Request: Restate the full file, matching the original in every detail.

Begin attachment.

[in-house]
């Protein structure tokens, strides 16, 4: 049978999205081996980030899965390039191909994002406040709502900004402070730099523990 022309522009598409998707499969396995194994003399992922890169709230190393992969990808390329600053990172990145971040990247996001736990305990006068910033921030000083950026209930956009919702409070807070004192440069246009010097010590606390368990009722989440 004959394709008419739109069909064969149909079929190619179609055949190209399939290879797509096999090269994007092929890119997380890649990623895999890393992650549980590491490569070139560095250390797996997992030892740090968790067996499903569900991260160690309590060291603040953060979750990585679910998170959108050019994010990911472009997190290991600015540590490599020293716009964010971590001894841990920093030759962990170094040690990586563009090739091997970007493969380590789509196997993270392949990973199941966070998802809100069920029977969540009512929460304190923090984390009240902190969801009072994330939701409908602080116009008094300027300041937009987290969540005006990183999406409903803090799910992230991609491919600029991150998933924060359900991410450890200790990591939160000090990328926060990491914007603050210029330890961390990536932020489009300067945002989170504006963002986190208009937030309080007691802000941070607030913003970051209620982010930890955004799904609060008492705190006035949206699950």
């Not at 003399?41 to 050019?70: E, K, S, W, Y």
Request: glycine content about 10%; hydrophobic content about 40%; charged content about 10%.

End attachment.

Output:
[in-house]
């Protein structure tokens, strides 16, 4: 049978999205081996980030899965390039191909994002406040709502900004402070730099523990 022309522009598409998707499969396995194994003399992922890169709230190393992969990808390329600053990172990145971040990247996001736990305990006068910033921030000083950026209930956009919702409070807070004192440069246009010097010590606390368990009722989440 004959394709008419739109069909064969149909079929190619179609055949190209399939290879797509096999090269994007092929890119997380890649990623895999890393992650549980590491490569070139560095250390797996997992030892740090968790067996499903569900991260160690309590060291603040953060979750990585679910998170959108050019994010990911472009997190290991600015540590490599020293716009964010971590001894841990920093030759962990170094040690990586563009090739091997970007493969380590789509196997993270392949990973199941966070998802809100069920029977969540009512929460304190923090984390009240902190969801009072994330939701409908602080116009008094300027300041937009987290969540005006990183999406409903803090799910992230991609491919600029991150998933924060359900991410450890200790990591939160000090990328926060990491914007603050210029330890961390990536932020489009300067945002989170504006963002986190208009937030309080007691802000941070607030913003970051209620982010930890955004799904609060008492705190006035949206699950």
């Not at 003399?41 to 050019?70: E, K, S, W, Y």
Request: glycine content about 10%; hydrophobic content about 40%; charged content about 10%.